Tom Friedman: apologist for the faux enviros

This commentary by James Howard Kunstler on Tom Friedman's "green" essay in last Sunday's NYT magazine gets right at the heart of a major disconnect on the way environmental issues are widely written about today -- that we can live the way that we do today, and need only find a way to do it sustainably. It's just not possible.

From Kunstler.com:

Tom Friedman, celebrated New York Times columnist and author of The World is Flat, riffed on (or around) the issues of climate change and energy in that newspaper's Sunday Magazine this week (>"The Power of Green"), and managed, in the process, to misunderstand just about every implication these conjoined problems present. Friedman's specious thinking is symptomatic of exactly what is wrong with our public discussion of these matters generally, and their presentation in mainstream media in particular.

I'm fond of saying that if America could harness the power it wastes blowing smoke up its own ass, we could magically escape our energy-and-climate-change predicament. I say this repeatedly to counter the increasing volume of lies we tell ourselves in order to maintain the illusion that we can continue living the way we do. Like so many other commentators suffering from cranial-rectosis, Friedman believes that we can keep on running our Happy Motoring utopia if we just switch fuels.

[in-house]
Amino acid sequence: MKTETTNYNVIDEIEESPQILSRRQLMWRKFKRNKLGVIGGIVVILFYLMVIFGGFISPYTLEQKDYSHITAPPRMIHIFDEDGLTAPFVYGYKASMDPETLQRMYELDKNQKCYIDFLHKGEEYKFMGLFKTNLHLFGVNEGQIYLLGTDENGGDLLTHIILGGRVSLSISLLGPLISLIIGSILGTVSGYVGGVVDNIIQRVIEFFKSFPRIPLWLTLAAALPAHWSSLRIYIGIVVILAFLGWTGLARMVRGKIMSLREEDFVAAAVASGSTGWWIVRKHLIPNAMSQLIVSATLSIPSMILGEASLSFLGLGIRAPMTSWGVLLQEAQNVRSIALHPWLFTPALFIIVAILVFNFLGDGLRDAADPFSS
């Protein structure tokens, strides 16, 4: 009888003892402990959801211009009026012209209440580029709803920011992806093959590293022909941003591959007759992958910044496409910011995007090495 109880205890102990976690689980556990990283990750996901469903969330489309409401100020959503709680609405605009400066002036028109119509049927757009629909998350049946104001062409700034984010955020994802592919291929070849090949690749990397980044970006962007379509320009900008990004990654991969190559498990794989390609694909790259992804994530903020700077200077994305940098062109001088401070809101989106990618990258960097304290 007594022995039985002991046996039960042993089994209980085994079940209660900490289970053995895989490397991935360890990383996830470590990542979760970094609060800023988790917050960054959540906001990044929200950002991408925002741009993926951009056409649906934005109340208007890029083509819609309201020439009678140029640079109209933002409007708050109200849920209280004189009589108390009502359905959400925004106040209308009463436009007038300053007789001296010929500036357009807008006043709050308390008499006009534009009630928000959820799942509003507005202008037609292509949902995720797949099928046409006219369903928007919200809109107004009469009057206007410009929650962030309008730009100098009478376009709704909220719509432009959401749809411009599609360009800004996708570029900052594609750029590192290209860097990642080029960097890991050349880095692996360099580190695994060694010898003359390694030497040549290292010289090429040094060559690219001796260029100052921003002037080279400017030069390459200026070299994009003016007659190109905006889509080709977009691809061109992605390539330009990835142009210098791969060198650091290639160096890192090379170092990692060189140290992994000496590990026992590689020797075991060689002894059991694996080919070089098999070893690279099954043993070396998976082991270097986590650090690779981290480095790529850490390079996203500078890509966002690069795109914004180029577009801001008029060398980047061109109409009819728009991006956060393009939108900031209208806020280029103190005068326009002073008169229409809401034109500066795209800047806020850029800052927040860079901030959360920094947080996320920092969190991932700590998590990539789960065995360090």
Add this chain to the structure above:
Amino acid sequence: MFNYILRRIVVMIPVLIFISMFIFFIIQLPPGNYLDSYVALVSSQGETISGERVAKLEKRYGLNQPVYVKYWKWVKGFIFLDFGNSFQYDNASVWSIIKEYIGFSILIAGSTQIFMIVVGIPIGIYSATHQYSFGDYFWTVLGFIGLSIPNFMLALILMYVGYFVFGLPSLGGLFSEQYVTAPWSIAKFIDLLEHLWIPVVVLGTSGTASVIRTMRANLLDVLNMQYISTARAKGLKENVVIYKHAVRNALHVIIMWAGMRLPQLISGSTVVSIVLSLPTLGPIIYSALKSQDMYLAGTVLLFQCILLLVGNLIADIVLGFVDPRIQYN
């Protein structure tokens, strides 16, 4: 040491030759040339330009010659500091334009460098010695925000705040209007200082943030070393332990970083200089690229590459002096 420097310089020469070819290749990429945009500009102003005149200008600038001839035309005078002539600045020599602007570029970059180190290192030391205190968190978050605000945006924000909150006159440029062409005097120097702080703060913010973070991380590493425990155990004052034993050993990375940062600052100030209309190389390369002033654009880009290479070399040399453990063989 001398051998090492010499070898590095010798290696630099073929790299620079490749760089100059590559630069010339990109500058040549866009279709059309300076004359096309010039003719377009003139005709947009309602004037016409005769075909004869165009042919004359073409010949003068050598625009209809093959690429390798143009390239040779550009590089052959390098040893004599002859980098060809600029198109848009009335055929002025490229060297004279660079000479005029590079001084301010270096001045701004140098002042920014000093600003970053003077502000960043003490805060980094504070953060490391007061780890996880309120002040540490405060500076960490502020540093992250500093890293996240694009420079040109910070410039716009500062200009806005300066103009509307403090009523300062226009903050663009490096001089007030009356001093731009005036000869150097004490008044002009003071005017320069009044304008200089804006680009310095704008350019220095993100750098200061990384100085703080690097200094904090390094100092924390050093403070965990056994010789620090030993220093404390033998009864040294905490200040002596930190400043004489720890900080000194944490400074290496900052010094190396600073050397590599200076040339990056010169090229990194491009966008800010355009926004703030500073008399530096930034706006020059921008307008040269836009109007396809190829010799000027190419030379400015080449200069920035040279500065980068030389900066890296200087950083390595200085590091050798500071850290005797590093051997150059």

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Imagine you've forgotten once again the difference between a gorilla and a chimpanzee, so you do a quick Google image search of “gorilla." But instead of finding images of adorable animals, photos of a Black couple pop up.

Is this just a glitch in the algorithm? Or, is Google an ad company, not an information company, that's replicating the discrimination of the world it operates in? How can this discrimination be addressed and who is accountable for it?

“These platforms are encoded with racism," says UCLA professor and best-selling author of Algorithms of Oppression, Dr. Safiya Noble. “The logic is racist and sexist because it would allow for these kinds of false, misleading, kinds of results to come to the fore…There are unfortunately thousands of examples now of harm that comes from algorithmic discrimination."

On At Liberty this week, Dr. Noble joined us to discuss what she calls “algorithmic oppression," and what needs to be done to end this kind of bias and dismantle systemic racism in software, predictive analytics, search platforms, surveillance systems, and other technologies.

What you can do:
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